OWTK Kindie Album Reviews

The Golden Age of Family Music Report Card – February 2013

Let’s just face the facts, shall we? OWTK has changed.

I will continue to be family music’s toughest critic and most fearless champion (patent pending), but the long form reviews I absolutely do enjoy writing may not be in the cards going forward. At least not as often (often, lately, being *maybe* one per month). My plate here and elsewhere is as full as it has ever been, and I am beyond grateful and happy about that.

So I thought, instead, I would try this, a monthly report card of sorts, magazine-style, with brief(ish) capsules of what is great right now in the Golden Age of Family Music. Of course, I have a monthly podcast that allows me to more easily share with you the best and brightest of the present, past and future of kindie music. That OWTK Kid’s Music Monthly Podcast (which you should totally subscribe to, like, RIGHT NOW…it is free, you know) also allows you and your kids to dive into the kiddie music pool without dedicating 15 minutes of your time reading 1000 words on a single CD. I understand that that might not always be plausible for you on your end, and still parent/work/teach/cuddle/etc, and is getting less feasible for me to pull off too.

But the pen keyboard is still mighty, so I will attempt these short form CD reviews bunched together at the end of each month. Sound alright?

I will still publish, from time to time, big pieces on a single album as dictated by the likes of Can You Canoe? or Lullaby, as well as ONE TRACK MIND features on single songs. For everything else in between, I give you the GOLDEN AGE OF FAMILY MUSIC REPORT CARD.


The Not-Its! KidQuake!

My hard drive crashed in late 2011. I lost the Superchunk Majesty Shredding record I had just recently acquired as an mp3 download. But then, last month, the hand of Amazon.com gently touched my shoulder, and I got it back. This album review starts there.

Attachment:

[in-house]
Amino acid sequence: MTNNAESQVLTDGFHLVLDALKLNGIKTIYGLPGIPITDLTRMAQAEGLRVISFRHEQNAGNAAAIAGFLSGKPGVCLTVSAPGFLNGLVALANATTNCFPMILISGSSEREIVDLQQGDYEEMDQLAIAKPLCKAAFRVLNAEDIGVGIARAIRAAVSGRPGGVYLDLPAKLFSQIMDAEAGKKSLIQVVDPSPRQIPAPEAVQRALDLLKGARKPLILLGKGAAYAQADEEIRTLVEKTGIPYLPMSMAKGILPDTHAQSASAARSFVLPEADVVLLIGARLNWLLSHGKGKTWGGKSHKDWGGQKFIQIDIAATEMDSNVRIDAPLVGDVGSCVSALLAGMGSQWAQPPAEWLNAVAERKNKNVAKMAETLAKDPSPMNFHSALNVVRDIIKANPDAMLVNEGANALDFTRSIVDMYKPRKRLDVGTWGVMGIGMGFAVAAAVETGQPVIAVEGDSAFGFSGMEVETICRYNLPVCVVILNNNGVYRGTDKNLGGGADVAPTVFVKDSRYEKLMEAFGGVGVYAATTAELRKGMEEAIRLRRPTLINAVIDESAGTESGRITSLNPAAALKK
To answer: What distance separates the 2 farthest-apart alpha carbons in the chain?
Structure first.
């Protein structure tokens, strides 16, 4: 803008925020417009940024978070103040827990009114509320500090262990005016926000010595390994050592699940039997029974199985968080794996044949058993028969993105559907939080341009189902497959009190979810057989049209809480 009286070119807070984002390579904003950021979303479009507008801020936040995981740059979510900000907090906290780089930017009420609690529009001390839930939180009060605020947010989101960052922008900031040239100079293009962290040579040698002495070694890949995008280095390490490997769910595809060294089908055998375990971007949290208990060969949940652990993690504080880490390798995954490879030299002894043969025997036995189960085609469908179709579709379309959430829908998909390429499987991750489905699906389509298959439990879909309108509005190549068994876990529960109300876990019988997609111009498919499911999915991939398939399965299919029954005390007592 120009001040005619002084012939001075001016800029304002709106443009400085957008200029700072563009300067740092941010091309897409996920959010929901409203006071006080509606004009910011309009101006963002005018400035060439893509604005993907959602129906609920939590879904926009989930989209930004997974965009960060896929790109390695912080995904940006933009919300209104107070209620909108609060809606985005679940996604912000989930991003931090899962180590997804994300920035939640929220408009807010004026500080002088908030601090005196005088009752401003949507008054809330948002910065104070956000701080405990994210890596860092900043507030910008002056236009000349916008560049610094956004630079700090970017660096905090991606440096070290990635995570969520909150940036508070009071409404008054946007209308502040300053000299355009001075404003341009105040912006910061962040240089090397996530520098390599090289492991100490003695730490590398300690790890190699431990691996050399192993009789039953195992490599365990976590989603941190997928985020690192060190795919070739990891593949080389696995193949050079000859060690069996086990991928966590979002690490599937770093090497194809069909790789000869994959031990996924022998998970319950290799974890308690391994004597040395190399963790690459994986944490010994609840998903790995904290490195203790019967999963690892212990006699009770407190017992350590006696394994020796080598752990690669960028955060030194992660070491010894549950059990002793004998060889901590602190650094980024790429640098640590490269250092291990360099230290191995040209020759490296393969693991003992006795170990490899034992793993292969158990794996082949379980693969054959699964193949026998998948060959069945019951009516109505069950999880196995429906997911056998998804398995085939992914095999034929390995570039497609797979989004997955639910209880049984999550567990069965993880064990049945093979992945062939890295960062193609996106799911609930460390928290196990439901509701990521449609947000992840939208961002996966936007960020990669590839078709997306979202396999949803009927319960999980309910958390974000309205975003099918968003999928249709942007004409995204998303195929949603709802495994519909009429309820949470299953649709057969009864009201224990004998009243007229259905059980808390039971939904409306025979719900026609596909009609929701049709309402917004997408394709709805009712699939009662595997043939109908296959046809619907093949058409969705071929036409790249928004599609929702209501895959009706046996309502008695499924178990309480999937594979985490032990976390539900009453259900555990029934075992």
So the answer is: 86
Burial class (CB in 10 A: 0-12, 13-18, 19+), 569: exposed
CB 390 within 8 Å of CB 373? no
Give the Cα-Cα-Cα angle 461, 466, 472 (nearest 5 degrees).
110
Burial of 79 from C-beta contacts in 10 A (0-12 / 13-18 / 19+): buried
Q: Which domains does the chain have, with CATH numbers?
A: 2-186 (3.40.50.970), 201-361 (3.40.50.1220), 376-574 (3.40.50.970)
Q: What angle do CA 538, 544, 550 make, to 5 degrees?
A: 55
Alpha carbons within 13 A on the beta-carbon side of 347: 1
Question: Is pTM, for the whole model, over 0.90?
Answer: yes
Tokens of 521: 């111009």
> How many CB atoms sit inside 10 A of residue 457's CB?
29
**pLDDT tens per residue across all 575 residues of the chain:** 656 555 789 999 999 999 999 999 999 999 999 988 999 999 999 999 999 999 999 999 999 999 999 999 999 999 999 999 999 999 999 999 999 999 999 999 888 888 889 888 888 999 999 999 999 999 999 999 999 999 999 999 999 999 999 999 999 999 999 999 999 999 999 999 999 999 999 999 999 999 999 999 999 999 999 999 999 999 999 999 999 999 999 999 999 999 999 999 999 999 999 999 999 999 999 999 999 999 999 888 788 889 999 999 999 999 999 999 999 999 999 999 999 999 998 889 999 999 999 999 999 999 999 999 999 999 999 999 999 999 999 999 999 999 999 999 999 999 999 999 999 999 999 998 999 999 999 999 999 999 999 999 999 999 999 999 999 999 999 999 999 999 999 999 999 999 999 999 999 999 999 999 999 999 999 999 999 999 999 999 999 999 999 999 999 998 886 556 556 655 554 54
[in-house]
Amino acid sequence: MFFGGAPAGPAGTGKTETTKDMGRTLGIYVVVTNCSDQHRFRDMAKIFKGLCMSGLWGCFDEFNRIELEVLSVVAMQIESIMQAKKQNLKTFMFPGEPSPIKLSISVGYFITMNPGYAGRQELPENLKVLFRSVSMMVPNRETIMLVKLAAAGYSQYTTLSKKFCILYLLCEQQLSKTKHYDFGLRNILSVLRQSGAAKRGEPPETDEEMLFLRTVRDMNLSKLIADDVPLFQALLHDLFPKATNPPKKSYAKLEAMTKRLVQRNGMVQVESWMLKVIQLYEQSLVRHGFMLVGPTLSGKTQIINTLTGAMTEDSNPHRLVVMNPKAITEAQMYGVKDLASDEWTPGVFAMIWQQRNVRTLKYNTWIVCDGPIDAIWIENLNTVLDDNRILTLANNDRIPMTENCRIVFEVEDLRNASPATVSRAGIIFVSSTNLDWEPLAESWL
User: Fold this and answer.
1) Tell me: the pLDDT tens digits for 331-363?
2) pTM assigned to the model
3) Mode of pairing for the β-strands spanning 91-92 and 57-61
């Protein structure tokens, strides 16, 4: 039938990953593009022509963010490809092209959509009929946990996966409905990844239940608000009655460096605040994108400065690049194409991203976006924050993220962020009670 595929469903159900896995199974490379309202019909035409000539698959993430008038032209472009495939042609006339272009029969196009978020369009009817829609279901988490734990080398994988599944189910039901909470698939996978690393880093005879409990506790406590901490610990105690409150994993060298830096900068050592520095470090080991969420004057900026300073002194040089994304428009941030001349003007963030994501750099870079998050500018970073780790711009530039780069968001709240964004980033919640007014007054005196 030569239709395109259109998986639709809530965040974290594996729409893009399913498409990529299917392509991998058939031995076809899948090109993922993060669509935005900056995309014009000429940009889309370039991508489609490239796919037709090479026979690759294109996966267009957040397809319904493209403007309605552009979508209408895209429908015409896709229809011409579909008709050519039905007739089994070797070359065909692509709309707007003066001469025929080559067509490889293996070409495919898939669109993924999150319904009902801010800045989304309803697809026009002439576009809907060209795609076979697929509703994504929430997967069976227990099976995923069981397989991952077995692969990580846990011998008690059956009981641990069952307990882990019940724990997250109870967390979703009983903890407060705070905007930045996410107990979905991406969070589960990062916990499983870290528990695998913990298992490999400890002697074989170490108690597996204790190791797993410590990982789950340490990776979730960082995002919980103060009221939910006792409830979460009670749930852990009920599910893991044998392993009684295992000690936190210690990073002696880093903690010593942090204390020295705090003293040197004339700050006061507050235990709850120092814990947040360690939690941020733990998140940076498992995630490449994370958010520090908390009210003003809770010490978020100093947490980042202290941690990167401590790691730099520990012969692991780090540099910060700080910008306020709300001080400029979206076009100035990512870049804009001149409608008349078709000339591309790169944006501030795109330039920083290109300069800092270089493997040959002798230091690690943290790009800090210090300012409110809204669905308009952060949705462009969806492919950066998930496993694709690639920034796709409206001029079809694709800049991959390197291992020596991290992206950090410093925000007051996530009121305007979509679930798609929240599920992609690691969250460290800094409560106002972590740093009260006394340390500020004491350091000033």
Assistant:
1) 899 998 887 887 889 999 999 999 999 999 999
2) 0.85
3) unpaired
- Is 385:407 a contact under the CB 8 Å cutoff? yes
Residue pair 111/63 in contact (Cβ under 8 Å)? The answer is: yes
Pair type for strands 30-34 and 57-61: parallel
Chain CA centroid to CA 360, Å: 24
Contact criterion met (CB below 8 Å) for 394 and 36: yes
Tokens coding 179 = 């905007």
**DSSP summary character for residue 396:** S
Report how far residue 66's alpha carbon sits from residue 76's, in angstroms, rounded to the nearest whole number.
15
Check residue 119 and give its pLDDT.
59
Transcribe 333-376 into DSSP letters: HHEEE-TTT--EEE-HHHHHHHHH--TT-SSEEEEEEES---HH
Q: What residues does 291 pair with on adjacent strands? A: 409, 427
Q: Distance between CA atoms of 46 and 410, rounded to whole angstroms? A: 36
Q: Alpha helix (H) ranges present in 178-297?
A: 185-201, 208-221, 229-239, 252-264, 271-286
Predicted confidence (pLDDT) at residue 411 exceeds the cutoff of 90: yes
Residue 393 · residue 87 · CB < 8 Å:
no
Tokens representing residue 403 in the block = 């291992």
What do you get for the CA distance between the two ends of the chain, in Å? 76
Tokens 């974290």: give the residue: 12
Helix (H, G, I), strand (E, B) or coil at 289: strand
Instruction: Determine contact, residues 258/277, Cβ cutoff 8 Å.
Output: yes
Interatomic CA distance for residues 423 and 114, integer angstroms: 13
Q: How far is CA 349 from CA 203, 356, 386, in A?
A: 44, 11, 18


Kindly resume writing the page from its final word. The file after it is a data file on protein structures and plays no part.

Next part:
So I began, once again, binge listening to Superchunk, one of the original bands to first hold my hand and usher me down indie rock’s golden path.  And then KidQuake! arrived in my mailbox. Serendipitous, no doubt. The Chapel Hill, NC –> Exton, PA –> Seattle, WA connection was fated to occur. It also helped that The Not-Its! had just made and sent me their finest album, start to finish, to date. A driving, Superchunkian force of youthful energy and giddy excitement, KidQuake! fails to deliver a killer anchor song like “First Kid in Outer Space” or “Mathematics” or “Puppy Dog”, but it doesn’t ever dip in quality as previous Not-Its! album were prone to do.

First single, “Busy,” is a ska-lite rumination on the hectic nature of family life. Instead of preaching, the song holds up a mirror, and the results are sublime. Even though pinball wasn’t my game of choice, “Full Tilt” brings me back to my childhood spent in the suburban mall arcade, anxiously looking for stray quarters in pay phones so that I might give Spy Hunter one more try. I don’t know if the Seattle quintet is for or against participation trophies, but the song of the same name lets you insert your own opinion with ease. Personally, I hear Danny, Sarah, and the gang making fun of the culture that doesn’t allow kids to fail or ever once walk away from an organized adult-lead activity with nothing more than scars, laughs, new pals, and new skills.

The Not-Its! still melt your face off with a pair of shredding electric guitars, and kick your ass with a pounding rhythm section, but on KidQuake! they show off their songwriting growth which makes the album a winner legitimately deserving of a towering trophy.


Cat Doorman Cat Doorman Songbook

To know only Wiggles and Fresh Beat is to know nothing of elegance.  But this is 2013 and there are folks like Portland’s Cat Doorman making music for modern families, meaning the dictionary of kid’s music descriptors has been expanded. Of course we know that words like elegance and texture are not foreign to the modern children’s music community, but when the chance comes to utilize them, I still get tingly.  I’ve got that chance again, when discussing the Cat Doorman Songbook.

To know Cat Doorman is to know Etsy on mp3; hand-stitched and Pinterest-worthy. Elegant. Textured.